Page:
SB 4 – Affordable Housing on Faith Lands Act
SB 4, the Affordable Housing on Faith Lands Act, provides a streamlined process for religious organizations and nonprofit colleges to develop affordable housing on their property.
Many of California’s faith-based organizations and non-profit colleges are located on lands where multifamily housing is expressly prohibited by local zoning codes. In order to build homes on these lands, they must first rezone the land – a time-consuming and expensive proposition that can add years to the process of building the affordable homes Californians need.
The rezoning process also increases the risk and uncertainty for housing, since such applications are subject to an unlimited number of appeals and lawsuits from neighbors who may oppose housing on the site. This risk and uncertainty is a major driver of skyrocketing housing costs for all Californians.
SB 4 will make it legal for faith-based institutions and non-profit colleges to build affordable, multi-family homes on lands they own by streamlining the permitting process and overriding local zoning restrictions. The bill also guarantees “by-right” approval of new homes, as long as they are consistent with all objective building standards and comply with existing environmental protections. Finally, the bill will end the misuse of the California Environmental Quality Act, which is often invoked to block these types of homes.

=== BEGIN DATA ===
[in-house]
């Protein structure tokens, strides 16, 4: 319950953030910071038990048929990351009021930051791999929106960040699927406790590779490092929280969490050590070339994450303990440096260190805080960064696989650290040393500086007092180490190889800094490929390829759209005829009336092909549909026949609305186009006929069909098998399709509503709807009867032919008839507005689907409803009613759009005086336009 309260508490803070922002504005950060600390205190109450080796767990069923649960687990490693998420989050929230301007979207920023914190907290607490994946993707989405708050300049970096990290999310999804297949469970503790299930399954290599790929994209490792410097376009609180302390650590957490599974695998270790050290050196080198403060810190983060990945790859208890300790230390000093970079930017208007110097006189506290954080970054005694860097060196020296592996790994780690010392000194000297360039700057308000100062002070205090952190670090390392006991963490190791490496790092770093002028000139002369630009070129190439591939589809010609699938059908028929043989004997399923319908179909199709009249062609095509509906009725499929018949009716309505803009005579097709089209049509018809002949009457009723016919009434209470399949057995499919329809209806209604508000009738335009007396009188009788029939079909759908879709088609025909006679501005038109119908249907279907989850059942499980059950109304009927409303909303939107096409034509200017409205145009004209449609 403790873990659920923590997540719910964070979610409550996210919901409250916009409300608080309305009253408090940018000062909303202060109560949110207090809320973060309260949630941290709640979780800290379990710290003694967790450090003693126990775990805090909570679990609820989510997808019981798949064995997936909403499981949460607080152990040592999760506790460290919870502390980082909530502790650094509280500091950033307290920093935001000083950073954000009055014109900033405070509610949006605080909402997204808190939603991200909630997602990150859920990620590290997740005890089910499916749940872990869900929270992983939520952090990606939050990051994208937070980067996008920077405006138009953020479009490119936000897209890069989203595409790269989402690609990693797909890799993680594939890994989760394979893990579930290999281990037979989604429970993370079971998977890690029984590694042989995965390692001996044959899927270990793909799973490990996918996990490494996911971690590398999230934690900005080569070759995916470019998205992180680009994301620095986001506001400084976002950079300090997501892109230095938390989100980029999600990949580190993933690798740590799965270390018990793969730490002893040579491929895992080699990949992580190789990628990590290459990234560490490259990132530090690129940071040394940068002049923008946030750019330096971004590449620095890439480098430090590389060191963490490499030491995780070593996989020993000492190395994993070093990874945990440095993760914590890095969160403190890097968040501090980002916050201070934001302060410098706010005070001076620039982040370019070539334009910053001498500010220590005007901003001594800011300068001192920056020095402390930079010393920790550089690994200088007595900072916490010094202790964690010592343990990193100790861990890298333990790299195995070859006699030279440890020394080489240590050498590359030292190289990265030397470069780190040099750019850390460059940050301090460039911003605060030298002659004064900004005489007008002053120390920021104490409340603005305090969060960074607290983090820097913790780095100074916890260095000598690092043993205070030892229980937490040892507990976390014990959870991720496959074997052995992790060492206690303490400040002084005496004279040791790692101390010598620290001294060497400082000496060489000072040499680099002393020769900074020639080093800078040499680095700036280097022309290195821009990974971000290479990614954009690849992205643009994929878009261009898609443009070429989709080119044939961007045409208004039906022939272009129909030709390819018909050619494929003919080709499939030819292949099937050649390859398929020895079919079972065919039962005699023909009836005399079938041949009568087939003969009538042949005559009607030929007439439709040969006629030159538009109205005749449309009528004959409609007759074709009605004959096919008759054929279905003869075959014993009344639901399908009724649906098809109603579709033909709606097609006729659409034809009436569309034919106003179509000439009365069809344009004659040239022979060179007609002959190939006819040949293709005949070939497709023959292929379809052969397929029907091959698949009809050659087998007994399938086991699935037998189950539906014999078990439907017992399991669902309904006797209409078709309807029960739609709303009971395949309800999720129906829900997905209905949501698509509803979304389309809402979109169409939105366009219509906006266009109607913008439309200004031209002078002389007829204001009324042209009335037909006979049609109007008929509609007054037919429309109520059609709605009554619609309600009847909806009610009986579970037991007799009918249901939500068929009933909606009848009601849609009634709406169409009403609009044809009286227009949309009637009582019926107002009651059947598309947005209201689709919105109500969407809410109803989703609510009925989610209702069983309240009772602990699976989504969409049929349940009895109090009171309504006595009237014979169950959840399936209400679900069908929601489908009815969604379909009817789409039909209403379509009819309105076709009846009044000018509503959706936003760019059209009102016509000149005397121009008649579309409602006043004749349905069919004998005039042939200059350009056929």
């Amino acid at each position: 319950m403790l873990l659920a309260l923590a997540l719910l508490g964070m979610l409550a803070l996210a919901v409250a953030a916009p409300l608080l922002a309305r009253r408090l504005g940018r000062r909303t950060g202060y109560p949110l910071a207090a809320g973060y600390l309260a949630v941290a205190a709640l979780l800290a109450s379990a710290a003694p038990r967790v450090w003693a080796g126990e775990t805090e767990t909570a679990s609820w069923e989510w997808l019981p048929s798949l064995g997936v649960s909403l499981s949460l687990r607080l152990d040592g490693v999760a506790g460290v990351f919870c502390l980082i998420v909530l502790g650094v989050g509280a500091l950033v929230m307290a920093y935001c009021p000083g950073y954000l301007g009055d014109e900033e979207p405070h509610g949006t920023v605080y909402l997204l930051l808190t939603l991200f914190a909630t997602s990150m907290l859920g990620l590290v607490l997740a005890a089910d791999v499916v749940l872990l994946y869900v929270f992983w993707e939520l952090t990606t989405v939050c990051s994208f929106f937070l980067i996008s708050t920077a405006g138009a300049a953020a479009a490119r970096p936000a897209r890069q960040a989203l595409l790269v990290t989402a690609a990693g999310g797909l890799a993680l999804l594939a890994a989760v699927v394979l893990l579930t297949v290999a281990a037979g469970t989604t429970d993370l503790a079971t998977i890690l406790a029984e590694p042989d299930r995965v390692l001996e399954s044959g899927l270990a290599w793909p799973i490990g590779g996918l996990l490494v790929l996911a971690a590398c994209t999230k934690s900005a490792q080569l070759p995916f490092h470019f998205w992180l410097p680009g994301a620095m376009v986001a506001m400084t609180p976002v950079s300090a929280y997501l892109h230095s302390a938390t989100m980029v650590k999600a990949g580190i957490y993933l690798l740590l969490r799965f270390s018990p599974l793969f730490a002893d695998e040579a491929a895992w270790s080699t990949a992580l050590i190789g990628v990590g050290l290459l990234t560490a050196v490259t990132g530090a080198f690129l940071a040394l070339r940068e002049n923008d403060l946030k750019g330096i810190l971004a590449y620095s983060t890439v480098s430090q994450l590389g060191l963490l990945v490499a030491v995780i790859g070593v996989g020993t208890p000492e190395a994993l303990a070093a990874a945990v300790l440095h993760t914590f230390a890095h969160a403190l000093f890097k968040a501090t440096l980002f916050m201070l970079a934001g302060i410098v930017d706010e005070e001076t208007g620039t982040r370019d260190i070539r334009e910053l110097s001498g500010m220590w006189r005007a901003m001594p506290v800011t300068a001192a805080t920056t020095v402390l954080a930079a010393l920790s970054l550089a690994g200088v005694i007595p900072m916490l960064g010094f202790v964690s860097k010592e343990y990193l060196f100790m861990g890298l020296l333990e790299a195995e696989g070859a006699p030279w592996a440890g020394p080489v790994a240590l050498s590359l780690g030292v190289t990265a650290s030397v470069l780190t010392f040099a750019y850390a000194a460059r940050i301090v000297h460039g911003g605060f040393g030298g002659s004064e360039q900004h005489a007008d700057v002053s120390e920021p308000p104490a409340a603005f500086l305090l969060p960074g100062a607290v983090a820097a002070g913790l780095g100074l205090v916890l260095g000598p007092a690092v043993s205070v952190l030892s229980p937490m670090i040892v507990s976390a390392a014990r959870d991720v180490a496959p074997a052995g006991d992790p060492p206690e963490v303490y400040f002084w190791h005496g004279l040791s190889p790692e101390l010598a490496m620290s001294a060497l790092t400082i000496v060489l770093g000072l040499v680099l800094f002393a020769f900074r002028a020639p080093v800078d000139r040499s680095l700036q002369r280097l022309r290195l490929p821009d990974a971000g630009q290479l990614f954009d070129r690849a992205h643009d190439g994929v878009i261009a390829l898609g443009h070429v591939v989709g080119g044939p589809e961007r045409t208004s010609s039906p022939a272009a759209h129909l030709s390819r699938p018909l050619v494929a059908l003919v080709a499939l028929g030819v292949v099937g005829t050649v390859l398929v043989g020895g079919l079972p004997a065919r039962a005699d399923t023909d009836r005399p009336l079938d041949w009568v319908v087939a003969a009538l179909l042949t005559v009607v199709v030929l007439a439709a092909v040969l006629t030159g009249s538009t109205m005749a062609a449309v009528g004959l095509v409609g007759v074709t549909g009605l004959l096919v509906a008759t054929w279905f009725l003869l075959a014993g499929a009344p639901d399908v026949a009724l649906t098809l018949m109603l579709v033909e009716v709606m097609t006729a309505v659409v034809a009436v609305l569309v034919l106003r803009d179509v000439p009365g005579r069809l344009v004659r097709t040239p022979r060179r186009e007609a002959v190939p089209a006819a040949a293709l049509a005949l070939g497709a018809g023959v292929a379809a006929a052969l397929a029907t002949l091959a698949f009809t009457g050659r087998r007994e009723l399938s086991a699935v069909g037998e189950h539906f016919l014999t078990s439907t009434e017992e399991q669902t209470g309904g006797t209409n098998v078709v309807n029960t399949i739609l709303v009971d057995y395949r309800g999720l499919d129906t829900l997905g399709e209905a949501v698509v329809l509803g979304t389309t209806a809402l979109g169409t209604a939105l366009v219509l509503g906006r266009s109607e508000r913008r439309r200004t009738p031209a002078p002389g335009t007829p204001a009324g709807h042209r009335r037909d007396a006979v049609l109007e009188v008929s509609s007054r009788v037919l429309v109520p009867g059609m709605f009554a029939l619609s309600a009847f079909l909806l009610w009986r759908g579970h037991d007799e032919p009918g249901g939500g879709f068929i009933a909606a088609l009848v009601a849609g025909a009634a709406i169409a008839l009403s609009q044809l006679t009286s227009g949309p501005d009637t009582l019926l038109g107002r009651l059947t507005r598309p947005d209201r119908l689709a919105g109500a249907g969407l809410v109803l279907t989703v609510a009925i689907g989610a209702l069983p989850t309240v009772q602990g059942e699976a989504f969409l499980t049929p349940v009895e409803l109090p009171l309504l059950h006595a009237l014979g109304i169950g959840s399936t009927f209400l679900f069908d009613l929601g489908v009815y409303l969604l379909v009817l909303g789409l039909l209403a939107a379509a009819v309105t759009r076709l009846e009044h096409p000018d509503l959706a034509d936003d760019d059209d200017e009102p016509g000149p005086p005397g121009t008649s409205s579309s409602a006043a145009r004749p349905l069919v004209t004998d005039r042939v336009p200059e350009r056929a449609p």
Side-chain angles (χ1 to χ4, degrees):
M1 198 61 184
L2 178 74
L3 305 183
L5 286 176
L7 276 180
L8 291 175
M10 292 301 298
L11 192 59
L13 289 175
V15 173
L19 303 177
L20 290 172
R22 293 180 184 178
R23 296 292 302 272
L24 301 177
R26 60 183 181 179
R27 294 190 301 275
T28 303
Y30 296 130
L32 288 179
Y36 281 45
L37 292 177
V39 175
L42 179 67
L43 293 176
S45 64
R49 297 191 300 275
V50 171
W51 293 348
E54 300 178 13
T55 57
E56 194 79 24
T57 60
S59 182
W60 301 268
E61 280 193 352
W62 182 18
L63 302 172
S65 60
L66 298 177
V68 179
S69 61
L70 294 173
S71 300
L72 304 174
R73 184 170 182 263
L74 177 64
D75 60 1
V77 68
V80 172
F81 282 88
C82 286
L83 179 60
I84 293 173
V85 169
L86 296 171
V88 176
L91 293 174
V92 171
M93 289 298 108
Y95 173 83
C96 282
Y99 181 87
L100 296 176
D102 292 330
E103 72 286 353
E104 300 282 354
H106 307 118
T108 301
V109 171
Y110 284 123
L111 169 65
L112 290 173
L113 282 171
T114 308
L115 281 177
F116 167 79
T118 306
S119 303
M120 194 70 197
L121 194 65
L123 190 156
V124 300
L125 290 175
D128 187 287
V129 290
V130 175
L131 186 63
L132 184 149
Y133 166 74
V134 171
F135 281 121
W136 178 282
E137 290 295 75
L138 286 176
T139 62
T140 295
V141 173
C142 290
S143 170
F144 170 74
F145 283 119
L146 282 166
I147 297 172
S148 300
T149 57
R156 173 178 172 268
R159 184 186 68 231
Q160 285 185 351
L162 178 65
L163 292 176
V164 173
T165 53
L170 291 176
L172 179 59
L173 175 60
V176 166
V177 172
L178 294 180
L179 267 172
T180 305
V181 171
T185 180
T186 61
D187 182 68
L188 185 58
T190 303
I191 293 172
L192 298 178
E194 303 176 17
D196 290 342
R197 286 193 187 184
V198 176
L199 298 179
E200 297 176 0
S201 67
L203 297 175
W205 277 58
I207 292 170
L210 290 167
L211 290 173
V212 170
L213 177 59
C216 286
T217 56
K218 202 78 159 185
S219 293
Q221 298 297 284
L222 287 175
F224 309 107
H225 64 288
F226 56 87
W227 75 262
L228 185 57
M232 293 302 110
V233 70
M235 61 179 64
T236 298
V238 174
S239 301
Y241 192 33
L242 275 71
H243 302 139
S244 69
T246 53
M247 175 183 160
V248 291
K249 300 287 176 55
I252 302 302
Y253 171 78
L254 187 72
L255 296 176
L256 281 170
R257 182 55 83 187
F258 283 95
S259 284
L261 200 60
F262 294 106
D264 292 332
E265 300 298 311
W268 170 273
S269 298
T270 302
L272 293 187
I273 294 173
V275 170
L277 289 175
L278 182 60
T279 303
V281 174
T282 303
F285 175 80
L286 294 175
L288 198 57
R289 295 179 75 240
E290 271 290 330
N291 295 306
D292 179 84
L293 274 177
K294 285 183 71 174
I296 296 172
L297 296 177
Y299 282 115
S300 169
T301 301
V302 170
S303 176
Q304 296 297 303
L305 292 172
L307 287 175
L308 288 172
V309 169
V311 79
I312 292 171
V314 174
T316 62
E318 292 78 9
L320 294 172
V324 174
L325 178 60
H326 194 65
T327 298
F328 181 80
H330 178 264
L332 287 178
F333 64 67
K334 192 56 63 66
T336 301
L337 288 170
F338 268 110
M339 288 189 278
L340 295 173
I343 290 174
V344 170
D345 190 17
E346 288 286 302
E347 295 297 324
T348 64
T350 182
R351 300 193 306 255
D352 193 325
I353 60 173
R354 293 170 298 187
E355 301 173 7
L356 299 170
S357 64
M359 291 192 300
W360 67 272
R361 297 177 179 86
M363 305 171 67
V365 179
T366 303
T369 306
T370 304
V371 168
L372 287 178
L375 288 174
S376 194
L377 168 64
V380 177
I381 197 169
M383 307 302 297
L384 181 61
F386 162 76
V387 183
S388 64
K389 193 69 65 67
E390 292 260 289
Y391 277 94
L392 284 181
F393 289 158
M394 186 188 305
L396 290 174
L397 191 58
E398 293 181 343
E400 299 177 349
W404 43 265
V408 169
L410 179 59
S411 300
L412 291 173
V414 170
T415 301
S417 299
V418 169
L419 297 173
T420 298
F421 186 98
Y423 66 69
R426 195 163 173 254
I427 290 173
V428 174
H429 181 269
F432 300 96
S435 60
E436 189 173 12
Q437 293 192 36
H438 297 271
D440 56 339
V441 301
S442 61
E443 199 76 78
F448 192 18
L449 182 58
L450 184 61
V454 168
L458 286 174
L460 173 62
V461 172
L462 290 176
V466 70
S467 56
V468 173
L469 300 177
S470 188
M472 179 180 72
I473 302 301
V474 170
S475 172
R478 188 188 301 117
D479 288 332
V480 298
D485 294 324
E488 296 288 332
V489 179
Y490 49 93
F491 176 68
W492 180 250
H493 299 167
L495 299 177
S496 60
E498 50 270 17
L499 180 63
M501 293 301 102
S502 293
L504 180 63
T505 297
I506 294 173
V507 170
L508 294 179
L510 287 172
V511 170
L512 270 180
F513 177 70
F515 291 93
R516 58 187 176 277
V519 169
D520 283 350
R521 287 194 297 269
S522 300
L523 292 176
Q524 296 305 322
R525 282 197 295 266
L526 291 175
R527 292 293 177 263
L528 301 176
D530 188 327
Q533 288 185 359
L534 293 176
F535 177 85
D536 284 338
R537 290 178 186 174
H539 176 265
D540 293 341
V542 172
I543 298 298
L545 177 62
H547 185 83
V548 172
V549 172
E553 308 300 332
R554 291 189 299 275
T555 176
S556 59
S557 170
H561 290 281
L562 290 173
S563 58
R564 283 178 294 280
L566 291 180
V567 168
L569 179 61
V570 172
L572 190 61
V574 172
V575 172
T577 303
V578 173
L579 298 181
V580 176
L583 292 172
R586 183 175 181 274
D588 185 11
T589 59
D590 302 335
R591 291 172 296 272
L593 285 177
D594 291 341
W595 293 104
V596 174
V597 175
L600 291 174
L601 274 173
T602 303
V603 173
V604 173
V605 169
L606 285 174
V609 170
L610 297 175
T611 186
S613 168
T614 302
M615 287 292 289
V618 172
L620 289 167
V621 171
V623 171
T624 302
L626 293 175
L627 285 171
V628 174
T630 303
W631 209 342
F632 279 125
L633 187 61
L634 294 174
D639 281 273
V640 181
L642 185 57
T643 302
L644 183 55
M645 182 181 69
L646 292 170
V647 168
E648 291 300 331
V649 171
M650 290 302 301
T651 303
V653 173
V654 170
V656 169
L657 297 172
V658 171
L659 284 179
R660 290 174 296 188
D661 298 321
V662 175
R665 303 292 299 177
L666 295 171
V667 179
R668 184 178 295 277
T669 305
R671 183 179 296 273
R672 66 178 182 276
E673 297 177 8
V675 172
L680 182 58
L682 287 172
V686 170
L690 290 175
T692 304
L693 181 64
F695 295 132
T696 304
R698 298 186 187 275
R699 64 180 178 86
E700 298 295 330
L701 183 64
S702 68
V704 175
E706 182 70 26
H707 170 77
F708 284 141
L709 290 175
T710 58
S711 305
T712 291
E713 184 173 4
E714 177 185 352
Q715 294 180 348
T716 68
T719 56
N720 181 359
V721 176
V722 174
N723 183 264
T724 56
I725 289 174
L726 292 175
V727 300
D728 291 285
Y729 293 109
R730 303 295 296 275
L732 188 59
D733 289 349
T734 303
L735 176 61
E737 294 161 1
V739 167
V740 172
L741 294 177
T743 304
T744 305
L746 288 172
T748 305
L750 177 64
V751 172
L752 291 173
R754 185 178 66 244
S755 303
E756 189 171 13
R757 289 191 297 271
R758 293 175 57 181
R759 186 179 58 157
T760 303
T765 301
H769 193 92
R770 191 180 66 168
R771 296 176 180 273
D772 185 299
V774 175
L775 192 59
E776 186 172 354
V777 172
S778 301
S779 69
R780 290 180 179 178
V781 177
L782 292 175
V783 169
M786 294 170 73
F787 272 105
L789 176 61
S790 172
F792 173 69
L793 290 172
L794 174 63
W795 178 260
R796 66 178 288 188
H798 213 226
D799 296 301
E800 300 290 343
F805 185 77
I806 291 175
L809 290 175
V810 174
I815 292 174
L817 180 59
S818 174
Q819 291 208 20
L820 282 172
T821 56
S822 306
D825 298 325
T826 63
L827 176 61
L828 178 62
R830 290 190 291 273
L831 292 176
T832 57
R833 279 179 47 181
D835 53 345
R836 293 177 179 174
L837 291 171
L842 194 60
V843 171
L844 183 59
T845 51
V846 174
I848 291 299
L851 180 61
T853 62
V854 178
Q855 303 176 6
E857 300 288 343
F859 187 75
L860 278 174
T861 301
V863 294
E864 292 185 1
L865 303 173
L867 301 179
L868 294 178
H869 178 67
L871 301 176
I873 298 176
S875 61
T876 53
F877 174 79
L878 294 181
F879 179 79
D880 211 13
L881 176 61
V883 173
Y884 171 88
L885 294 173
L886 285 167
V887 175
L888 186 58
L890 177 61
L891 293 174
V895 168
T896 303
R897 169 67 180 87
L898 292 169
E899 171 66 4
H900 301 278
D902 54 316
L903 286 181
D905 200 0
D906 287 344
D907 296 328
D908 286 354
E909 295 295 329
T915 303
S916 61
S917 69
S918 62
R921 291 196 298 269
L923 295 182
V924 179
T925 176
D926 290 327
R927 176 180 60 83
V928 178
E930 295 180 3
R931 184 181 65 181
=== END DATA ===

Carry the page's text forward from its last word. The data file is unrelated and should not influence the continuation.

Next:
SB 4 will help our state’s construction workforce rise and thrive through the following provisions:
- Construction workers on SB 4 projects will be paid prevailing wages on projects with over 10 homes.
- On projects with at least 50 homes, contractors must offer apprentices employment and pay for health care for construction workers and their dependents.
The pro-worker provisions help create new opportunities for construction workers while enhancing the state’s ability to grow the skilled workforce necessary to build the homes we need.
Any housing built under SB 4 must be deed-restricted affordable for a minimum of 55 years for rental properties, and 45 years for homes offered for ownership. Density and height restrictions must align with appropriate standards for affordable housing under existing housing element law.
Author: Wiener (D, SD 11)
Co-sponsors: Non-Profit Housing Association of Northern California (NPH), Southern California Association of Non-Profit Housing (SCANPH), Jewish Public Affairs Committee of California (JPAC), California Conference of Carpenters, Inner City Law Center
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